Skip to main content

Why Cats Land On Their Feet – Mark Levi ***

When I saw this book and its subtitle ‘and 76 other physical paradoxes and puzzles’ I thought ‘Great, a nice relaxing evening.’ There’s a certain class of popular science book which piles in a collection of rather interesting factoids with a spot of background, the literary equivalent of watching a soap opera on TV. You sit back, disengage the brain, and chill out. Only, when I switched on this soap opera (as it were) the opening credits said ‘Written and Directed by Ingmar Bergman.’
This is anything but a collection of entertaining science facts. Rather it is a set of challenging physics puzzles, some of which I suspect the average university lecturer would get wrong on the first attempt.
Broadly the 77 items fall into two camps, the delightful and the tedious. The delightful ones present you with a comprehensible (and often apparently straightforward) scenario and ask you either to predict what happens next, or to explain why it happens. These I found very enjoyable. I was taken back to my primary school, where there was a science event where you had to guess what would happen if, for example, you blew between two ping-pong balls suspended near each other by threads. Then you would try it and see what really happened. These puzzles are very much the mental equivalent.
Let me give you two quick examples. The first has two astronauts, fixed to either end of a weightless space capsule. One pushes a helium balloon towards the other. What happens to the capsule itself? Does it move, and if so in what direction? The second involves bashing the bottom of a wine bottle against a wall. (It’s recommended you put a book between the book and the wall, and wear protective clothing.) With repeated thumps, the cork will gradually move out of the bottle. But why?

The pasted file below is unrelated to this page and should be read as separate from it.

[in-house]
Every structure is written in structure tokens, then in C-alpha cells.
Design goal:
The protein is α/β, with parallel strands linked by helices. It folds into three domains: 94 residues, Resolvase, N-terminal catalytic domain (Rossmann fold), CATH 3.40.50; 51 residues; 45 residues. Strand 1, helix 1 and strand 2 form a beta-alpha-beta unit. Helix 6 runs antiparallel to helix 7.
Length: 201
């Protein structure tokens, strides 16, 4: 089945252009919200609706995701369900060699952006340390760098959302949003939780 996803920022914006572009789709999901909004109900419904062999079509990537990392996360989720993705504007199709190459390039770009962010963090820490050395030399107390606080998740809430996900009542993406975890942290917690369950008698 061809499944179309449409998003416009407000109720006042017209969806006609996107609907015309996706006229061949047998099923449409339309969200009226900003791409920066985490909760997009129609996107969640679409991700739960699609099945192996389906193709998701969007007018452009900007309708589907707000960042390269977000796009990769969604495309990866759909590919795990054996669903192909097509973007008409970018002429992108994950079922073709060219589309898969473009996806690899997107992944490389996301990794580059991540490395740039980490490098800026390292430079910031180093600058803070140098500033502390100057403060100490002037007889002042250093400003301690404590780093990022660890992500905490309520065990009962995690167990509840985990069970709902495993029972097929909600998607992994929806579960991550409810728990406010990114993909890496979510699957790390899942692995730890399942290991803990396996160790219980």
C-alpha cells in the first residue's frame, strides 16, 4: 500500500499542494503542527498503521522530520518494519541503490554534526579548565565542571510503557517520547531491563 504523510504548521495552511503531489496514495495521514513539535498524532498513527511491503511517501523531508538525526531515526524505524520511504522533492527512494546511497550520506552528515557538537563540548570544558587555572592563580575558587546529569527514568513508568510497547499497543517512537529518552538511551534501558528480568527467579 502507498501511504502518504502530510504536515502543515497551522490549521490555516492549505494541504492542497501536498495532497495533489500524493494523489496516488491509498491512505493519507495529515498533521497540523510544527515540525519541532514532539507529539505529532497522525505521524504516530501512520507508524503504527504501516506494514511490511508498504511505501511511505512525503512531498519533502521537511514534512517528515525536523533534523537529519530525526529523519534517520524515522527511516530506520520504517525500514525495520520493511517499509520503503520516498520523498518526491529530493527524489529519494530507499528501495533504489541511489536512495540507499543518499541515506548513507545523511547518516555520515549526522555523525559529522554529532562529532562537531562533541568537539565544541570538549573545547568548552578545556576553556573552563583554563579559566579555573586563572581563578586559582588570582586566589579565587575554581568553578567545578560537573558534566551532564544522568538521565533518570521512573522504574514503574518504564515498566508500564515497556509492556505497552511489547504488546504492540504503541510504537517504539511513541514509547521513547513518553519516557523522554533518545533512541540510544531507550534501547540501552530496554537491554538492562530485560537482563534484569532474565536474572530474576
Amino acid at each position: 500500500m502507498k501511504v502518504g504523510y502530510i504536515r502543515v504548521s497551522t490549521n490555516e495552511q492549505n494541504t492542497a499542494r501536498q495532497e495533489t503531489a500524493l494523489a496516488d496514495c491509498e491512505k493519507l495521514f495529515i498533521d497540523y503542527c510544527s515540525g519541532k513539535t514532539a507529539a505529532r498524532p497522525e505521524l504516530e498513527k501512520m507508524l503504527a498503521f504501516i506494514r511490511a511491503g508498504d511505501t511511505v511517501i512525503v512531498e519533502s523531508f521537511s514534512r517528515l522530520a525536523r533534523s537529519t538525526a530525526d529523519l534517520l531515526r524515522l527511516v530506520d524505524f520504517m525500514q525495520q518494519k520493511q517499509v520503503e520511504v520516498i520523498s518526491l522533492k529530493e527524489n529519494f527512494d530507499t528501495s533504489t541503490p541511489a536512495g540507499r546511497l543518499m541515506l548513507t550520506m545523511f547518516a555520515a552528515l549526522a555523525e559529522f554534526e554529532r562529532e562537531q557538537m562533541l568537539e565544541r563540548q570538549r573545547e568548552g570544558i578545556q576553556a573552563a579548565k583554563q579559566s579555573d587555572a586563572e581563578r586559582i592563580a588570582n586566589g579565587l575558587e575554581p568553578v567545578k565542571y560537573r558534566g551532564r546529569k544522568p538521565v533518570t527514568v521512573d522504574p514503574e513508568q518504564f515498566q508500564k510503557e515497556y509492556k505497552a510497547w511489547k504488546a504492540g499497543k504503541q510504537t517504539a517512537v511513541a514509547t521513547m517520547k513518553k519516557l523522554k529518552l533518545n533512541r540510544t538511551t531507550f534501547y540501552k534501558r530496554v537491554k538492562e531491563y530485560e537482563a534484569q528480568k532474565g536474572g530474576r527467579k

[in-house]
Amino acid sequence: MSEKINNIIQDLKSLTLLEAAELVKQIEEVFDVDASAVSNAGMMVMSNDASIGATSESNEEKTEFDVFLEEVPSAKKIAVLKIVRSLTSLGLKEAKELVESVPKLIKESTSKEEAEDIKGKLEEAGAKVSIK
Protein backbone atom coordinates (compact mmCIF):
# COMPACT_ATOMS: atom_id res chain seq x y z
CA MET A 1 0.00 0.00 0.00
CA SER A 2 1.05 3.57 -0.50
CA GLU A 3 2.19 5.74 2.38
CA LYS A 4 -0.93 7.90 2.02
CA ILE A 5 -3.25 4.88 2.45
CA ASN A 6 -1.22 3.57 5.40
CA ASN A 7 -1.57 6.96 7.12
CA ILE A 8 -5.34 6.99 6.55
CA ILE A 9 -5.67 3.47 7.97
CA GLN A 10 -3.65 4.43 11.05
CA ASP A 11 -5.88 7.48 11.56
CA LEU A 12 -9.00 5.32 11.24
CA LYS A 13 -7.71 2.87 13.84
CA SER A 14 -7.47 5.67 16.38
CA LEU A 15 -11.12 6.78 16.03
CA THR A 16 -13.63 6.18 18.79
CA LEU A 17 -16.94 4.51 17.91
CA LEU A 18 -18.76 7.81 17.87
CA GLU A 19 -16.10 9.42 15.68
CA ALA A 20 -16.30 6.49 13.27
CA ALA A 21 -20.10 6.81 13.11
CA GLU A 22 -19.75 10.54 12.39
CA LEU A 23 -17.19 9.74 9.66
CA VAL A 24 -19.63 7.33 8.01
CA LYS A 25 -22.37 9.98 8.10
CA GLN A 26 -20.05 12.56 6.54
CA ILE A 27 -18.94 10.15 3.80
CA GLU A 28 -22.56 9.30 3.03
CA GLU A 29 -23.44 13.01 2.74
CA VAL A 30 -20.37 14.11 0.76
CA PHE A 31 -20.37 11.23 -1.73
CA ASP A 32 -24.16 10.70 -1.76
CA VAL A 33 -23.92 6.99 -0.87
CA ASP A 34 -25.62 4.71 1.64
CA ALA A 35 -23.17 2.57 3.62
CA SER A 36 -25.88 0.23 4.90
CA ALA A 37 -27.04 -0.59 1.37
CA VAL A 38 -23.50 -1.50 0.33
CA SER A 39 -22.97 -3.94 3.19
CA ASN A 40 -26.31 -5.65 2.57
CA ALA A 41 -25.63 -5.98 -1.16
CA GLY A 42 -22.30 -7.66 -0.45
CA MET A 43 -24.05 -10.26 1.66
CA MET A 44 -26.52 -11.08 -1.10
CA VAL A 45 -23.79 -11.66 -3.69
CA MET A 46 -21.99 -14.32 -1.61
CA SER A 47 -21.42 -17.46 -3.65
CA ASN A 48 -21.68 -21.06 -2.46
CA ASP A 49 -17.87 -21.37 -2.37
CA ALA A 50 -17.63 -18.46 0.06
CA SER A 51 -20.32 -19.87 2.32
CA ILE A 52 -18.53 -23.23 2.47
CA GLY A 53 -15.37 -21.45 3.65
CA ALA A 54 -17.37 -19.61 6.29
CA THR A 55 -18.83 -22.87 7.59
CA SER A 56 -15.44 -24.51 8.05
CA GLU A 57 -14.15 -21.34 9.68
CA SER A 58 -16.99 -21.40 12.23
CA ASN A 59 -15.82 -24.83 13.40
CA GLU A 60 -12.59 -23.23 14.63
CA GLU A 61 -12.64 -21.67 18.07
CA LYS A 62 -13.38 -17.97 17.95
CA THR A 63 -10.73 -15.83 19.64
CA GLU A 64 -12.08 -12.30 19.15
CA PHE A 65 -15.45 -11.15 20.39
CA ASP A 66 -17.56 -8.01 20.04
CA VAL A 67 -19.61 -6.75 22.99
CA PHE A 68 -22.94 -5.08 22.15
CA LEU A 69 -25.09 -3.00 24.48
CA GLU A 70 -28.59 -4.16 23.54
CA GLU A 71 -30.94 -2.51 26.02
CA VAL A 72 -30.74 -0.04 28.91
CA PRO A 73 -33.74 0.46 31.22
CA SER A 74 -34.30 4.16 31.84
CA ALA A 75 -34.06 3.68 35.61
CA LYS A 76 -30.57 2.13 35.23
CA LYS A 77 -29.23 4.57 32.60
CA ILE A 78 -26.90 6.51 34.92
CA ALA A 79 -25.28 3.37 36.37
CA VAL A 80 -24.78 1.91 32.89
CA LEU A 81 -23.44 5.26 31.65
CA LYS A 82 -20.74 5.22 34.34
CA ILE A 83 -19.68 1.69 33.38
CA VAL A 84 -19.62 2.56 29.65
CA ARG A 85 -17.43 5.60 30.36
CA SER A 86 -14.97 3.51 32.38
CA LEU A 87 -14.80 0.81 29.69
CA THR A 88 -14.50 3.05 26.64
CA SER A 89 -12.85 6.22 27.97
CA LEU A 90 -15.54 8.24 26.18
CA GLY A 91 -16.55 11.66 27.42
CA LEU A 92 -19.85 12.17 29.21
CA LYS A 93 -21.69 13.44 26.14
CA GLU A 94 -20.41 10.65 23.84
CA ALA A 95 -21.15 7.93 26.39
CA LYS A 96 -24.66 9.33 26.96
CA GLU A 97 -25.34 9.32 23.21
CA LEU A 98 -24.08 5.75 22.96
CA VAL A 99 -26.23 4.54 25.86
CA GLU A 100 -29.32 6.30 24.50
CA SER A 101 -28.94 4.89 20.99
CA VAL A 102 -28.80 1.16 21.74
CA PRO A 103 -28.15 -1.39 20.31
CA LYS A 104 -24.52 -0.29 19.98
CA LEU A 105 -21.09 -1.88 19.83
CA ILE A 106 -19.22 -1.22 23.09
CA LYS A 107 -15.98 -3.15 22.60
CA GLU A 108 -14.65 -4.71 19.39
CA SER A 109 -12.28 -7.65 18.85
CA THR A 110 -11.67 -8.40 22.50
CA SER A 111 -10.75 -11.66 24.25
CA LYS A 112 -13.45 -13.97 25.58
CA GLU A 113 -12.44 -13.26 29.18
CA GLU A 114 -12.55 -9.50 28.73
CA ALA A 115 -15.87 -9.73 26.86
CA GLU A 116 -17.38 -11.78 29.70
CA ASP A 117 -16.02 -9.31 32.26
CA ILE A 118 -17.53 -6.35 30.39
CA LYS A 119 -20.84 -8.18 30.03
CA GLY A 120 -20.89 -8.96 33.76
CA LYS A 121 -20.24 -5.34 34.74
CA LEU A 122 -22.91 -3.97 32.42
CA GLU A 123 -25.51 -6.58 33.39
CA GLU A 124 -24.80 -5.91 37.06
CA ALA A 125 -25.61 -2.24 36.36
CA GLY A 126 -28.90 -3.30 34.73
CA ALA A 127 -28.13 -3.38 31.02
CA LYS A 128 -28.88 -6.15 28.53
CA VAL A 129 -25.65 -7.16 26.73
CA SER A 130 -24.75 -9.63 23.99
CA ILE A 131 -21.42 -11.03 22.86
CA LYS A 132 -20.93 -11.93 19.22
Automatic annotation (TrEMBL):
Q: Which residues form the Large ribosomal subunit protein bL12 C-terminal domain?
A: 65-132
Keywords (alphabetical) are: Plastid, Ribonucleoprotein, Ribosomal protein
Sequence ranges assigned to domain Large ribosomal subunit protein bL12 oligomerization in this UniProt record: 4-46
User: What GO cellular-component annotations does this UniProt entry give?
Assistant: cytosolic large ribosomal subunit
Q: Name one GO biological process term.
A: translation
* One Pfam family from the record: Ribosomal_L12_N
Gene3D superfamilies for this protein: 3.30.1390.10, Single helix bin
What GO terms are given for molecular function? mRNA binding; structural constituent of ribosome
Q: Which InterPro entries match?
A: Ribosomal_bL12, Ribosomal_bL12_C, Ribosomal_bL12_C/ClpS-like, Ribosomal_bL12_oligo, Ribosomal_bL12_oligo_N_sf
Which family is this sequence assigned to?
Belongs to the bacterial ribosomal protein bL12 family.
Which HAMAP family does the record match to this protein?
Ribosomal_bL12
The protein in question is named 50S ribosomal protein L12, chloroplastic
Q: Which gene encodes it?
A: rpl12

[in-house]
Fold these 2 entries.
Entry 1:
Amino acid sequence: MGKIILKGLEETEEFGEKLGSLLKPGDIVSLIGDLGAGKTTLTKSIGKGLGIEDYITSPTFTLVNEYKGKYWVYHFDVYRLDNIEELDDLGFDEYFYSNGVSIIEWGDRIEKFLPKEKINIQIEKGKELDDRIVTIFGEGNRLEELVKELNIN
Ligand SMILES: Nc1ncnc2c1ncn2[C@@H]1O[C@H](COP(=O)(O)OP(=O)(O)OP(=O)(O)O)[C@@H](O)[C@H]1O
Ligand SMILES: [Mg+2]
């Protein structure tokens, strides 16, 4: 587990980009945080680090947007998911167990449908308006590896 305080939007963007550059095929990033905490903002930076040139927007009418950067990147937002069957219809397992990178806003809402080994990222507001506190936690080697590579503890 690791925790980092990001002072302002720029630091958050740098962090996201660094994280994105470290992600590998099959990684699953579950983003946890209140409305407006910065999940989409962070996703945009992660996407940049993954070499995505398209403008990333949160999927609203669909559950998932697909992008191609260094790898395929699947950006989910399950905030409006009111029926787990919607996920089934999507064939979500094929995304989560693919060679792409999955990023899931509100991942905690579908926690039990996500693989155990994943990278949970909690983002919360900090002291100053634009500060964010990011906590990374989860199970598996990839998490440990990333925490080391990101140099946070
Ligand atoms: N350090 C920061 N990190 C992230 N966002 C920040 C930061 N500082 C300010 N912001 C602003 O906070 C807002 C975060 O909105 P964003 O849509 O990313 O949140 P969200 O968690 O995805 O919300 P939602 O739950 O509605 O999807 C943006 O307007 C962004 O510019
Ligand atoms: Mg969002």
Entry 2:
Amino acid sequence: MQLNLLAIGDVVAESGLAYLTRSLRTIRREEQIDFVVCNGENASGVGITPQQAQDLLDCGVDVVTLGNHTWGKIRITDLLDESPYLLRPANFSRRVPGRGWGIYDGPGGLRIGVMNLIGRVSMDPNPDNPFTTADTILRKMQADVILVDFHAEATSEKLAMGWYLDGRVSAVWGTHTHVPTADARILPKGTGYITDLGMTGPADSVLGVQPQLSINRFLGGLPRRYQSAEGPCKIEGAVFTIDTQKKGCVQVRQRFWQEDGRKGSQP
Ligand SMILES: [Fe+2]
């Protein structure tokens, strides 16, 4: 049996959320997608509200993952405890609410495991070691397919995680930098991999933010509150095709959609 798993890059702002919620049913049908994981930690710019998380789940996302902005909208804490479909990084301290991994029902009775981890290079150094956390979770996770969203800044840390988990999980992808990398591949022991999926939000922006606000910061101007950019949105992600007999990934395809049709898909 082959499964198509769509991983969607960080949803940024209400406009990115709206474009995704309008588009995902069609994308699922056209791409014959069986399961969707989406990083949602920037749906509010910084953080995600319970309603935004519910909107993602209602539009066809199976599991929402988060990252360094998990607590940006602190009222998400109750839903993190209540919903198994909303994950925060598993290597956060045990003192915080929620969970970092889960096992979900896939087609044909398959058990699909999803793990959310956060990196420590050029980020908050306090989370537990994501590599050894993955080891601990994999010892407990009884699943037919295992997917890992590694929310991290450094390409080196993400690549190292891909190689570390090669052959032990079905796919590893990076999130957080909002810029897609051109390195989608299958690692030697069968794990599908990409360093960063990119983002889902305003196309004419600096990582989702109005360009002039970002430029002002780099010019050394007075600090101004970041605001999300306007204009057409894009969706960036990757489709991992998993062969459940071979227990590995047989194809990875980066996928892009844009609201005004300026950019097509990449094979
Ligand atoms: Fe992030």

The tedious examples either involved mathematical working (which for me is the point at which something goes from being a puzzle to being homework) or involved complex setups it was difficult to relate to or have any interest in. Sadly, there were considerably more of these than the delightful problems.
One other issue was that the explanations were often too summary to give a real understanding of what was going on. The book would have been better with fewer problems and a bit more detail. Take the example of one of the delightful puzzles. How does a child (or anyone else) manage to get a swing moving when they are sitting on it? The key to the explanation is that the movements you make on the swing amount to doing work and ‘the energy mismatch goes into increasing the amplitude of the oscillations.’ But this doesn’t really help. I want to know why it increase those oscillations. Why the energy goes to that as opposed to, say, making the seat bounce up and down. There isn’t enough detail, and what there is can be quite impenetrable unless you know the physics anyway.
So – a great idea, with some entertaining examples, but nowhere near as good as it could have been.
Paperback:  
Also on Kindle:  
Review by Brian Clegg

Comments